The Paris Book Fair opens next friday. This year is somehow The Year. Indeed, they have set up a digital village. So far media has been concentrating on music, movies, TV and the digital challenges they are facing. As if books were less sexy! Well, we think they are sexy and we are grateful to our growing community of users who thinks the same way!
I am currently reading (yes, I confess Gutenberg format, hat tip Mr Gutenberg!) Larry Lessig's The Future of Ideas, a book that could be Cyberlibris's bible. I like the way Lessig looks at the law and the lawyers:
"The law, through "property", can be used by the kings of yesterday to protect themselves against the kings of tomorrow, and we - especially we lawyers - should be defending tomorrow against yesterday."
Indeed, more often than not lawyers get huge fees to make sure that the present vetoes the future. As always the confusion comes from that, as a common saying as it, the future is already there, it is just that it is not evenly distributed yet.
In earlier posts on this blog I have tried to share our love for the future, especially the future of books. Our intention has never been to defeat Mr Gutenberg. We have too much respect for an invention that has contributed so much to the progress of mankind. On the contrary all our inspiration comes from Gutenberg, bookstores, libraries and above all readers. We mix all this with technology, economics, law, intuition and a lot of listening and hard work of course.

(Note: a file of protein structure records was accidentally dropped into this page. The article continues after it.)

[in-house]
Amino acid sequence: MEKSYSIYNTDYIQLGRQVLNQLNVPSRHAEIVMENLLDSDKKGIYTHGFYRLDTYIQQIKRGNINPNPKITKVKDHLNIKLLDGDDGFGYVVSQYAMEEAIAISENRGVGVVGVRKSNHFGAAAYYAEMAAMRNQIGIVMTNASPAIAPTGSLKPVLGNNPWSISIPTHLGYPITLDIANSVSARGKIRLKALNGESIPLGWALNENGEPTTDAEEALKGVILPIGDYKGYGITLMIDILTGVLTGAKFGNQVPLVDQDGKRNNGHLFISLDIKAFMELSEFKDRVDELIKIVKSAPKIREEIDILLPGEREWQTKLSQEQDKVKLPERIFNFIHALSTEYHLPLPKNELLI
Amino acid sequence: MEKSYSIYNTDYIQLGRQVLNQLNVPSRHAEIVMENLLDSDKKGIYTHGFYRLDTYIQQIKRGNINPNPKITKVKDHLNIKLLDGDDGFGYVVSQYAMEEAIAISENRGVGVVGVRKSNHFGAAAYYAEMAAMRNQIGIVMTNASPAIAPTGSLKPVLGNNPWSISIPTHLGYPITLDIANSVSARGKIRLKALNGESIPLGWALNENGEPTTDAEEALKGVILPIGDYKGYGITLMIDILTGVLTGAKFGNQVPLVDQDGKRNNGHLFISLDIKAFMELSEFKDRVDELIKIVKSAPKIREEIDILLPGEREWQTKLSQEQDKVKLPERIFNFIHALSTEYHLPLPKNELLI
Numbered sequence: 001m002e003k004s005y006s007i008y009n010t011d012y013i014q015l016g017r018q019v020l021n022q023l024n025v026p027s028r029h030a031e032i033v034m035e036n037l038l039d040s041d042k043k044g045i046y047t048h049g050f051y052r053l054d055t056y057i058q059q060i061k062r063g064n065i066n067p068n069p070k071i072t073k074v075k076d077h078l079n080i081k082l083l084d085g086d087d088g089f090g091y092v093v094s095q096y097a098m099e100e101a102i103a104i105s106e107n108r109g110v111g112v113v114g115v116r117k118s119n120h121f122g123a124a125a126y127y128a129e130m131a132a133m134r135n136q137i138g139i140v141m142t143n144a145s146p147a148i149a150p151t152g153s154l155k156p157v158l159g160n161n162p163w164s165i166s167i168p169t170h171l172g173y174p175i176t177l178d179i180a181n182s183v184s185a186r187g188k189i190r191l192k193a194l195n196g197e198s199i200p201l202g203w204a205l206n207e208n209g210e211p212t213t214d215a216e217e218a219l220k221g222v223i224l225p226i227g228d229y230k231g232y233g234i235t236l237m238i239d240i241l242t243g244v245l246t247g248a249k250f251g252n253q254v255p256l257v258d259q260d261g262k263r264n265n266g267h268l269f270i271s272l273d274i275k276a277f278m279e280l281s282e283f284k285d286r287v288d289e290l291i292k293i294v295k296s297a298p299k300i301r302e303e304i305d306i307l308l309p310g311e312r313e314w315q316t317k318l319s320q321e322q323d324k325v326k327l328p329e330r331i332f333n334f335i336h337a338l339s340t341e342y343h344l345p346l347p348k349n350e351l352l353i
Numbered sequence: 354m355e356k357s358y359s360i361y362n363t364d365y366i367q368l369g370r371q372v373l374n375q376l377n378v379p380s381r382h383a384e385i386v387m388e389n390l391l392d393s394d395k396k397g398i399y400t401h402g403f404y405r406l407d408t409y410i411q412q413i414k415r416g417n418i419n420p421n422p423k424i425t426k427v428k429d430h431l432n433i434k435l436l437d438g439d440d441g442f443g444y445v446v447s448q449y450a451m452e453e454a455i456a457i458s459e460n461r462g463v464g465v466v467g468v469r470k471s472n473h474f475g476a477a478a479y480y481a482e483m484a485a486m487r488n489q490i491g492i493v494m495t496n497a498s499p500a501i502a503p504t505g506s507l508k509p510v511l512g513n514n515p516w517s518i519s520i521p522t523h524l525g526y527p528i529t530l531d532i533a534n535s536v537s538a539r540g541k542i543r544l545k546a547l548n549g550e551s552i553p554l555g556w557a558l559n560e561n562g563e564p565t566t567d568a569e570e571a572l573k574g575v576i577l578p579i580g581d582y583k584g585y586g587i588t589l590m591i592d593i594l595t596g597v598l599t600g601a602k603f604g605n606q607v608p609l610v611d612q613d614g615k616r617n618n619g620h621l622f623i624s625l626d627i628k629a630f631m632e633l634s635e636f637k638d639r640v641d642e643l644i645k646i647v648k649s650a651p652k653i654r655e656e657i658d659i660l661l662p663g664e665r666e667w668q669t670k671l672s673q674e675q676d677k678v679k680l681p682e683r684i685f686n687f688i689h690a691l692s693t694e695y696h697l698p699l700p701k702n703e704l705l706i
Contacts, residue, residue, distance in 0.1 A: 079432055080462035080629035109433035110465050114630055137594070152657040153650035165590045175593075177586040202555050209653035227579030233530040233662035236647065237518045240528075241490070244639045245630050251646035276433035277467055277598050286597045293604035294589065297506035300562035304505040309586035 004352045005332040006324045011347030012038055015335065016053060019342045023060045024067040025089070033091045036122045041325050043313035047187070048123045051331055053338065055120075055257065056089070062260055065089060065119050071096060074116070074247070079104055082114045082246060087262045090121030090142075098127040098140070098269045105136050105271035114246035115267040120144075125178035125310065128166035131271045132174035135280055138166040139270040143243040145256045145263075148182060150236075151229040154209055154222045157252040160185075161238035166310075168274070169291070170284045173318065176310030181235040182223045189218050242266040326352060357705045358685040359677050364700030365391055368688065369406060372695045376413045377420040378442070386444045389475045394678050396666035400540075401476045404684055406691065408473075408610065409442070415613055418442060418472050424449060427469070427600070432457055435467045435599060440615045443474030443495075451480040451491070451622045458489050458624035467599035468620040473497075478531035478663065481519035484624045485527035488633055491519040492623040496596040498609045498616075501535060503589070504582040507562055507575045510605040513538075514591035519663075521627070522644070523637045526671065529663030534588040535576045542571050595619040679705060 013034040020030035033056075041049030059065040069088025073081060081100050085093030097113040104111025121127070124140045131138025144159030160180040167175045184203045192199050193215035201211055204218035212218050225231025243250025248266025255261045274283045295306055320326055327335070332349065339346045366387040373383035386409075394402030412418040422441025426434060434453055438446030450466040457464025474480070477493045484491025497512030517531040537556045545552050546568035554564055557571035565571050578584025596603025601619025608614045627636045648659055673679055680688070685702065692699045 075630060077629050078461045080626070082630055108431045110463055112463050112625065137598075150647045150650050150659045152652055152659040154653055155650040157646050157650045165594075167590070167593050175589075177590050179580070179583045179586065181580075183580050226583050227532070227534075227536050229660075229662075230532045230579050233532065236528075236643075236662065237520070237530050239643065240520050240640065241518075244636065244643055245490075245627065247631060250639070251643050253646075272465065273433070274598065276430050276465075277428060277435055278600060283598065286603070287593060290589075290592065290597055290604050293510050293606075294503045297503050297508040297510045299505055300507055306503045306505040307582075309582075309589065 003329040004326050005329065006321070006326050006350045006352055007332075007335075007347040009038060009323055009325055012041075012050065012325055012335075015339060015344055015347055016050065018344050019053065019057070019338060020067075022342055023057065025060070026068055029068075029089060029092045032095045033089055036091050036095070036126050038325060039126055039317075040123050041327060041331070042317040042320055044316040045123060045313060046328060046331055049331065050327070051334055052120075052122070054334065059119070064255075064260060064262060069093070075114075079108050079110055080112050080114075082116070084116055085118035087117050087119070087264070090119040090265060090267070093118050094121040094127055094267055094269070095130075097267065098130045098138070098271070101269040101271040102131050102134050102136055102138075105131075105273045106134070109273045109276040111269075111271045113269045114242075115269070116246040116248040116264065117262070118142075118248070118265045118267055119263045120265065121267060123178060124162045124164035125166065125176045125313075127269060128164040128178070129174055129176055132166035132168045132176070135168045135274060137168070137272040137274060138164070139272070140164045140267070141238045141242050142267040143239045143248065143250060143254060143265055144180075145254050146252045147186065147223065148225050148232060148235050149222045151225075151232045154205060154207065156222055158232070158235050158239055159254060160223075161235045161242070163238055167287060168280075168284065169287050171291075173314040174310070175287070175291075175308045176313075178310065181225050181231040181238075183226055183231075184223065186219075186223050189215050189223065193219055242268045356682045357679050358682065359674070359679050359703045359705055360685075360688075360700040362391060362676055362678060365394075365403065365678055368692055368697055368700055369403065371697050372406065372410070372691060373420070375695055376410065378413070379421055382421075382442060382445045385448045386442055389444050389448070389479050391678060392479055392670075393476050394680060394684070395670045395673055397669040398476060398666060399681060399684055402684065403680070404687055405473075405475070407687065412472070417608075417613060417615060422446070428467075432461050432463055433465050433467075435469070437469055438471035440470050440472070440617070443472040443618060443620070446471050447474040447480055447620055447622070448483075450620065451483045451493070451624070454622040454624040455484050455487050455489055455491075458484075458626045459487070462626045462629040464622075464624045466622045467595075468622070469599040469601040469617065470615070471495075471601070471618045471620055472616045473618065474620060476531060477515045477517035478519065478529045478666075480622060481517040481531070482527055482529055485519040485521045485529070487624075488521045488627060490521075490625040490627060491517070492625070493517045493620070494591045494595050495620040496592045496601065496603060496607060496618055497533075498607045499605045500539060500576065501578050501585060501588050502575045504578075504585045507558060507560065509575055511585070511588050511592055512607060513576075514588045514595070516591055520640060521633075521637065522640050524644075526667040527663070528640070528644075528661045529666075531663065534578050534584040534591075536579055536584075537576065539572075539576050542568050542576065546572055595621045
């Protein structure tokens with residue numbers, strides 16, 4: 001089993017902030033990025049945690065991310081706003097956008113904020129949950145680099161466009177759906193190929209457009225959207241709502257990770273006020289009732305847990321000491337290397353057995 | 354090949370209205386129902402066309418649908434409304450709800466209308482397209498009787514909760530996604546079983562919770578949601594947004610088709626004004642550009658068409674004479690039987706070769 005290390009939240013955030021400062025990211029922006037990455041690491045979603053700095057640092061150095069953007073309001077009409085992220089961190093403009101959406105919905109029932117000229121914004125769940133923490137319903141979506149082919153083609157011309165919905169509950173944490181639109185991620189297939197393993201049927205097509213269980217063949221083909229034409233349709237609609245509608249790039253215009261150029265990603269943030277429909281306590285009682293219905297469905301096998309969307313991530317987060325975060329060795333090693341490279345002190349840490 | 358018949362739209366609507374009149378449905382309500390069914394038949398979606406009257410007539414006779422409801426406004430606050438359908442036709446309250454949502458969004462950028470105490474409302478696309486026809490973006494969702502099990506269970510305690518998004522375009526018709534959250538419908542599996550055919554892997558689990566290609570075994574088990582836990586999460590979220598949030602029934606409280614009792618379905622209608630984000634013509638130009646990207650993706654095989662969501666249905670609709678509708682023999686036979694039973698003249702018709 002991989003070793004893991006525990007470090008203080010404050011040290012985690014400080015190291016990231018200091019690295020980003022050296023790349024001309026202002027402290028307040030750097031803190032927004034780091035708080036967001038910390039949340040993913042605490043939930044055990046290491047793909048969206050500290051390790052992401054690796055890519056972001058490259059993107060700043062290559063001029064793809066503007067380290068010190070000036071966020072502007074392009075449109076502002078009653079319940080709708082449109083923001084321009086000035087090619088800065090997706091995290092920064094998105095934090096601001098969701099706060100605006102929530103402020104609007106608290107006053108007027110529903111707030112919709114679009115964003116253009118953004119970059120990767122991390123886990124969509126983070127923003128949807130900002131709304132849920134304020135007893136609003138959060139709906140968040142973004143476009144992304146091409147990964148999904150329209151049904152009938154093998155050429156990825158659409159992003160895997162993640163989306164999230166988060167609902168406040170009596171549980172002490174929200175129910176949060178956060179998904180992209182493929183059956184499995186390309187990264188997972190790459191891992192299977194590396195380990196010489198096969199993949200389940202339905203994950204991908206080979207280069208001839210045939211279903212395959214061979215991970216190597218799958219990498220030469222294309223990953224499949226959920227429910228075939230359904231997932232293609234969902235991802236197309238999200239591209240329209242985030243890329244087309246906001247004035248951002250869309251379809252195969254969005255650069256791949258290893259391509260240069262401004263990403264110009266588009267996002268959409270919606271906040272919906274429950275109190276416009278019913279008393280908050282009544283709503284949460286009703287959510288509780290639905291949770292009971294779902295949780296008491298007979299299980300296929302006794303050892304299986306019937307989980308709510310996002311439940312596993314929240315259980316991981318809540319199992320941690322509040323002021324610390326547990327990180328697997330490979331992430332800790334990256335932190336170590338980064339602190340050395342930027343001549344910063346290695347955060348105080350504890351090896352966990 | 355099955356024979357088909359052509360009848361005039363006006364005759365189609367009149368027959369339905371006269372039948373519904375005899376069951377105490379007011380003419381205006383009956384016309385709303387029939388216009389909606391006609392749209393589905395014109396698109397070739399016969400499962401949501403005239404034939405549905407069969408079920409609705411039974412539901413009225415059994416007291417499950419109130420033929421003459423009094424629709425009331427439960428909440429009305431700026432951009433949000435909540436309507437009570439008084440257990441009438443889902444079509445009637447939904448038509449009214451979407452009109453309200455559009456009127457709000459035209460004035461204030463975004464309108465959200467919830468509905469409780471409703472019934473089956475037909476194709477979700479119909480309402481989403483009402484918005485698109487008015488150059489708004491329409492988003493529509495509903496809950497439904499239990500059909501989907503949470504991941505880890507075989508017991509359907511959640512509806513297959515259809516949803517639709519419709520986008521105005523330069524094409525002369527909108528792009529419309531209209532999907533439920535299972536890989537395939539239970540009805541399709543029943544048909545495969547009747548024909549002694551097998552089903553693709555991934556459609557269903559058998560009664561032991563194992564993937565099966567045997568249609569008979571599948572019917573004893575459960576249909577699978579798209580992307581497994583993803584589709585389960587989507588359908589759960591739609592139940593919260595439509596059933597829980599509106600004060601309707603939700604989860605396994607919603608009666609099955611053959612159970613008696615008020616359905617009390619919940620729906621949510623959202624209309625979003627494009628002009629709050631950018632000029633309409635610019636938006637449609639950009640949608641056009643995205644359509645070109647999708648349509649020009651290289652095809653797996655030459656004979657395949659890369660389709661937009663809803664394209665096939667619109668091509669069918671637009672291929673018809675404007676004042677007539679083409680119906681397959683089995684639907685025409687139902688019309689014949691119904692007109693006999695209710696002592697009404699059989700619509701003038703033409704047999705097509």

We'll be at the Paris Book Fair of course, preaching the gospel: Yes, books are sexy! Yes, they do have a shining digital future. We are proud to be part of those who are believing in it and sticking their necks out!
The copyright landscape is far from being peaceful these days. In earlier posts on this blog I have tried to shed some light on copyright in the digital age. Here is more by Knowledge@Wharton: Will Online Publishing Flap Rewrite Copyright Law?
The point the Wharton experts are making is that neither side (namely publishers and Google) gets it right. Publishers are right in that Google has indeed violated current copyright rules. However the end result of the pending court case may be a thorough revision of the copyright notion to make it more suited to the digital age and to needs of end users (us for that matter).